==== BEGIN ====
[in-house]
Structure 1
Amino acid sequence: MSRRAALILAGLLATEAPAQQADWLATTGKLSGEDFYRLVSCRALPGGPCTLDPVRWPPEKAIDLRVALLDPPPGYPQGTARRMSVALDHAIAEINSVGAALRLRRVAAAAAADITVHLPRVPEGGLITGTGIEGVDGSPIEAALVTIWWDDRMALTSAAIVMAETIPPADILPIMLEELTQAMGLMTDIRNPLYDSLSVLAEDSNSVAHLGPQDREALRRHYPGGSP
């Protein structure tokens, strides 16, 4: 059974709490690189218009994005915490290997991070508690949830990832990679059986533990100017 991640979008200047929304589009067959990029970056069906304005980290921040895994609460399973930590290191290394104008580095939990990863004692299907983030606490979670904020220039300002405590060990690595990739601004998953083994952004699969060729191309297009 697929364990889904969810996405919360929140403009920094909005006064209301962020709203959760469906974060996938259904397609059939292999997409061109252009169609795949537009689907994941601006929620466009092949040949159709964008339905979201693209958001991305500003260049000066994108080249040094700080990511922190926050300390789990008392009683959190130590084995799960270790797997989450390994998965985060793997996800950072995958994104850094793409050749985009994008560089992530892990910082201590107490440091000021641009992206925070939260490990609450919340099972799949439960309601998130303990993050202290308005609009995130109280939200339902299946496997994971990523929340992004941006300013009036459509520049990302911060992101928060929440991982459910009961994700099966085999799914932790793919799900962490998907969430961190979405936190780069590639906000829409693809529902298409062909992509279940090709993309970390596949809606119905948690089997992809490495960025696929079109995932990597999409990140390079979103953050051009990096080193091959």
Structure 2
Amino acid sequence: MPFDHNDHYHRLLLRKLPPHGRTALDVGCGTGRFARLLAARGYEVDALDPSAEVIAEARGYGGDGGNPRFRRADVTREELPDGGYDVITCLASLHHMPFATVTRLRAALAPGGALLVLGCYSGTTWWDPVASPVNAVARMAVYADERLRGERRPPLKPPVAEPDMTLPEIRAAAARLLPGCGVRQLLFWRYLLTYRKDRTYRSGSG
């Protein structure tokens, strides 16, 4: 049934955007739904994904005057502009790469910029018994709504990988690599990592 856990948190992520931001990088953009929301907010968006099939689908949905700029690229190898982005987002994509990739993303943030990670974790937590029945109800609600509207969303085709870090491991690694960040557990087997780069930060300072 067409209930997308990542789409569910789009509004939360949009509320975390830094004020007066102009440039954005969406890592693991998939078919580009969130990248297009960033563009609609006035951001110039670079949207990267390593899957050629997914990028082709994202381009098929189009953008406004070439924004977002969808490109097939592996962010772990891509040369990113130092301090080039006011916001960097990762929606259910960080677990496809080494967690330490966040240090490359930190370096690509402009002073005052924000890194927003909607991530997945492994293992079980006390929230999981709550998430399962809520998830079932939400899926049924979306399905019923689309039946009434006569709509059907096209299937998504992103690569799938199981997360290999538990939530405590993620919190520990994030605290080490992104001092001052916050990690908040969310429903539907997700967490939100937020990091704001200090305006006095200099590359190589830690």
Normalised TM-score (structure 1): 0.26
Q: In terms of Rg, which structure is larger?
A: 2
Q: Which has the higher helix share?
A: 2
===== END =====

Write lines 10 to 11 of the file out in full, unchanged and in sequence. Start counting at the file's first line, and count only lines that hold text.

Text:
A: 2
Q: Which has the higher helix share?